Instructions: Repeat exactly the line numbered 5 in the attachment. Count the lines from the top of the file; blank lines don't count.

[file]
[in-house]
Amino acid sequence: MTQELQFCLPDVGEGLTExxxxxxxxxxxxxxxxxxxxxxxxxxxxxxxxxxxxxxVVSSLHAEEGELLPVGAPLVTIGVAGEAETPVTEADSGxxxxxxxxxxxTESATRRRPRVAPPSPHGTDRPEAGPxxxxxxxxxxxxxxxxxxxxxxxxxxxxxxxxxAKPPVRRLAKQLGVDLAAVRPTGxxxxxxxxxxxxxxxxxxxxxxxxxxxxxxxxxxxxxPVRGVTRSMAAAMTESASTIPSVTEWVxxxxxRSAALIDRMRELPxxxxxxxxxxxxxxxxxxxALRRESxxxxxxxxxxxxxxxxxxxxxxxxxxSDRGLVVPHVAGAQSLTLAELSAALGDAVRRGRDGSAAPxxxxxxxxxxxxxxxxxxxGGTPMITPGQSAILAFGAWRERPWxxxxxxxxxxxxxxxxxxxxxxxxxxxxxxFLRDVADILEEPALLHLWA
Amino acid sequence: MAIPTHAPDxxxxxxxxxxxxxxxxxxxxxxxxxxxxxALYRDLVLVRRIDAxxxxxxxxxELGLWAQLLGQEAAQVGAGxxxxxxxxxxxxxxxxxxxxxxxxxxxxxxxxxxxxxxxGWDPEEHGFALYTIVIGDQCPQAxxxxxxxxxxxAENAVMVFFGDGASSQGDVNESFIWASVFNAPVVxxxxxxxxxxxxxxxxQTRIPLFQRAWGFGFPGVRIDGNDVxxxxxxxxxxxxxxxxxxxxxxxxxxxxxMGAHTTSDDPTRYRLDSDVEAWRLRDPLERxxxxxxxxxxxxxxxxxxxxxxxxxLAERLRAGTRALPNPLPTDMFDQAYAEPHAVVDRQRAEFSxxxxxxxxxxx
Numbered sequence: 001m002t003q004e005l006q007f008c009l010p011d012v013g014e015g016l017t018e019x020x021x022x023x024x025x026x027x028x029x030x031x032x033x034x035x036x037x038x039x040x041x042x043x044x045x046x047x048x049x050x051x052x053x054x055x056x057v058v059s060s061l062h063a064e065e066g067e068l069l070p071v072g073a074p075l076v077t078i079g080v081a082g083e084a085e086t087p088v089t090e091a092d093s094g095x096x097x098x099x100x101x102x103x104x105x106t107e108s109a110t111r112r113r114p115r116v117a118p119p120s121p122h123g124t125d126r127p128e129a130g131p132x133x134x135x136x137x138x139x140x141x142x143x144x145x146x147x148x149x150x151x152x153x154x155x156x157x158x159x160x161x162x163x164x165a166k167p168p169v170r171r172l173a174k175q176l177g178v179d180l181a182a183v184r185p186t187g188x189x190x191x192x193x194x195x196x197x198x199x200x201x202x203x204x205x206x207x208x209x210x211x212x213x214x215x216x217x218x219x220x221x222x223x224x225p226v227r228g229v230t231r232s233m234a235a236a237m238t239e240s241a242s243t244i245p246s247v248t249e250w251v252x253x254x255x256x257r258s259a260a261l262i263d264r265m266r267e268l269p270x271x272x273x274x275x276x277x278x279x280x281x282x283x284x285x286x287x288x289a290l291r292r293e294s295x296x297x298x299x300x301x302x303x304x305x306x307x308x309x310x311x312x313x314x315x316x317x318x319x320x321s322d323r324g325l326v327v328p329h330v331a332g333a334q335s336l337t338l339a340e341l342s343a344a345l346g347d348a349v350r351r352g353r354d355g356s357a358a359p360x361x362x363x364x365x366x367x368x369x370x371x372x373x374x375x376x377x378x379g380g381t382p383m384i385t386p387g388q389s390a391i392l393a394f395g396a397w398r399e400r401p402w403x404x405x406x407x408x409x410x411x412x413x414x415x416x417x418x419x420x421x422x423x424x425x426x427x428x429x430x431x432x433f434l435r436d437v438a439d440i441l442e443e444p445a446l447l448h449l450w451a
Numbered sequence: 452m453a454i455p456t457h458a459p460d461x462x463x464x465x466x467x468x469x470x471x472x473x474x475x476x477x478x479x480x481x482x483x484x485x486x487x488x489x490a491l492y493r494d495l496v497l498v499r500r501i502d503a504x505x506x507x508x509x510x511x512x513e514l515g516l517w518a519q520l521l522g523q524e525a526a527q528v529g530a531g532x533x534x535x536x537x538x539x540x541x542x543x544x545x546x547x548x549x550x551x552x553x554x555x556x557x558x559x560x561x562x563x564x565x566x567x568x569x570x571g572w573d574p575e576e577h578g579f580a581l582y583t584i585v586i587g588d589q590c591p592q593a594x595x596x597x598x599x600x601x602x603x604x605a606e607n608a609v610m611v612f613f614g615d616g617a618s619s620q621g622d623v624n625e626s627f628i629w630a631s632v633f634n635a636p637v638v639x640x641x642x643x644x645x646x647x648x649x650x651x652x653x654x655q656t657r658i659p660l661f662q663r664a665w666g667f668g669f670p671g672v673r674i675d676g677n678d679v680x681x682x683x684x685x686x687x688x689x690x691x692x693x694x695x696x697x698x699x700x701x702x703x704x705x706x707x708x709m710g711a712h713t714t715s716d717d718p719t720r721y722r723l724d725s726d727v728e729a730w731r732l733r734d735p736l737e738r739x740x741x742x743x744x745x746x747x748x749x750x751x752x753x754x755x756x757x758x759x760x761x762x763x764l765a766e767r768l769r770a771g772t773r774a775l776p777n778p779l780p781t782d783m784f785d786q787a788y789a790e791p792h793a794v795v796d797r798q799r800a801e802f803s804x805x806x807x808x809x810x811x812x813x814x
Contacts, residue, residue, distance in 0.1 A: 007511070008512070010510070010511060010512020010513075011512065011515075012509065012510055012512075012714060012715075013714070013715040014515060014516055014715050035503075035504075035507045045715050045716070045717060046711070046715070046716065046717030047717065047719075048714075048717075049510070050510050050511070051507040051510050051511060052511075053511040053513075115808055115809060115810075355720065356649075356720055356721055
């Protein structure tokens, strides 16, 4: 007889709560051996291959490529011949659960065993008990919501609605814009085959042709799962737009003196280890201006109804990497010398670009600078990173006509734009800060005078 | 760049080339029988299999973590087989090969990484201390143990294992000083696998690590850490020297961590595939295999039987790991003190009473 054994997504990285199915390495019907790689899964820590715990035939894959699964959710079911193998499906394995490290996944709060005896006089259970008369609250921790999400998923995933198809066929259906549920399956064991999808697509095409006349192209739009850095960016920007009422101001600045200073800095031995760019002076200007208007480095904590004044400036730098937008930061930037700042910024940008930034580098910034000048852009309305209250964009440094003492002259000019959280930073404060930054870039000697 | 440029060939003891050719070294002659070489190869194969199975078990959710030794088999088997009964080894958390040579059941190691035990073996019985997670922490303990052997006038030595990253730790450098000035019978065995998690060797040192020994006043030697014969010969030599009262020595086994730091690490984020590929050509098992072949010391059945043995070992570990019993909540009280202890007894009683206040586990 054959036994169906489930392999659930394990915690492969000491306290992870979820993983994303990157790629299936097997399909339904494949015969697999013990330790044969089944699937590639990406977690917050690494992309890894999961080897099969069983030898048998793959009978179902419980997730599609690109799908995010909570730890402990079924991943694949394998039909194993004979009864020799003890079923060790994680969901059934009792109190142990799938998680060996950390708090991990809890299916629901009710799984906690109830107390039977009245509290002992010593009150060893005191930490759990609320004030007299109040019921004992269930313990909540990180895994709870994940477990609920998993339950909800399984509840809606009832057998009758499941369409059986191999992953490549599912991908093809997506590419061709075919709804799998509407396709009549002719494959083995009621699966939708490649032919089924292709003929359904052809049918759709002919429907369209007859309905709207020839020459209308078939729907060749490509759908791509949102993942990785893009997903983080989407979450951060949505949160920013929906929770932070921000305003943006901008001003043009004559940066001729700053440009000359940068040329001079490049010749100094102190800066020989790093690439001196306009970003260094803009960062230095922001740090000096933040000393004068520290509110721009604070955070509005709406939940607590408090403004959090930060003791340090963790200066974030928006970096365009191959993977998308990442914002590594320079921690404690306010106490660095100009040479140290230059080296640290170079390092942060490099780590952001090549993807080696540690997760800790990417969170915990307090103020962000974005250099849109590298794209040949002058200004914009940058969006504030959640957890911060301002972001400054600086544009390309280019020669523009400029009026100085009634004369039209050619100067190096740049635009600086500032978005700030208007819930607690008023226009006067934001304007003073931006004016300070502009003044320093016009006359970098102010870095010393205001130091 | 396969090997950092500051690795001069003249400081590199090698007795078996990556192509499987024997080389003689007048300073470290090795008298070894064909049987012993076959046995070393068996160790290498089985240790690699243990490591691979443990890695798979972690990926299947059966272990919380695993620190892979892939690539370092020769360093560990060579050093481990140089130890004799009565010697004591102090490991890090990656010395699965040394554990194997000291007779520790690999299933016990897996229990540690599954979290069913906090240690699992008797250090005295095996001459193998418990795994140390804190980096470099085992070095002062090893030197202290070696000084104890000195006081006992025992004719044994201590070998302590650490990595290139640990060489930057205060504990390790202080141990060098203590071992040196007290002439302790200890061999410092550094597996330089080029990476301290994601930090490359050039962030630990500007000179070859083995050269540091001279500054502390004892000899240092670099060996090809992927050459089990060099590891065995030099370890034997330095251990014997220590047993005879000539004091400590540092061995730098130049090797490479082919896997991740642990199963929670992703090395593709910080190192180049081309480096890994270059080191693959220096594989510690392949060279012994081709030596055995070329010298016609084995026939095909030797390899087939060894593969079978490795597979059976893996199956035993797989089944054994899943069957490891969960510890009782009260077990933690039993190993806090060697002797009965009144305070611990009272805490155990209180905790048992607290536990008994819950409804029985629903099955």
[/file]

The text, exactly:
Numbered sequence: 452m453a454i455p456t457h458a459p460d461x462x463x464x465x466x467x468x469x470x471x472x473x474x475x476x477x478x479x480x481x482x483x484x485x486x487x488x489x490a491l492y493r494d495l496v497l498v499r500r501i502d503a504x505x506x507x508x509x510x511x512x513e514l515g516l517w518a519q520l521l522g523q524e525a526a527q528v529g530a531g532x533x534x535x536x537x538x539x540x541x542x543x544x545x546x547x548x549x550x551x552x553x554x555x556x557x558x559x560x561x562x563x564x565x566x567x568x569x570x571g572w573d574p575e576e577h578g579f580a581l582y583t584i585v586i587g588d589q590c591p592q593a594x595x596x597x598x599x600x601x602x603x604x605a606e607n608a609v610m611v612f613f614g615d616g617a618s619s620q621g622d623v624n625e626s627f628i629w630a631s632v633f634n635a636p637v638v639x640x641x642x643x644x645x646x647x648x649x650x651x652x653x654x655q656t657r658i659p660l661f662q663r664a665w666g667f668g669f670p671g672v673r674i675d676g677n678d679v680x681x682x683x684x685x686x687x688x689x690x691x692x693x694x695x696x697x698x699x700x701x702x703x704x705x706x707x708x709m710g711a712h713t714t715s716d717d718p719t720r721y722r723l724d725s726d727v728e729a730w731r732l733r734d735p736l737e738r739x740x741x742x743x744x745x746x747x748x749x750x751x752x753x754x755x756x757x758x759x760x761x762x763x764l765a766e767r768l769r770a771g772t773r774a775l776p777n778p779l780p781t782d783m784f785d786q787a788y789a790e791p792h793a794v795v796d797r798q799r800a801e802f803s804x805x806x807x808x809x810x811x812x813x814x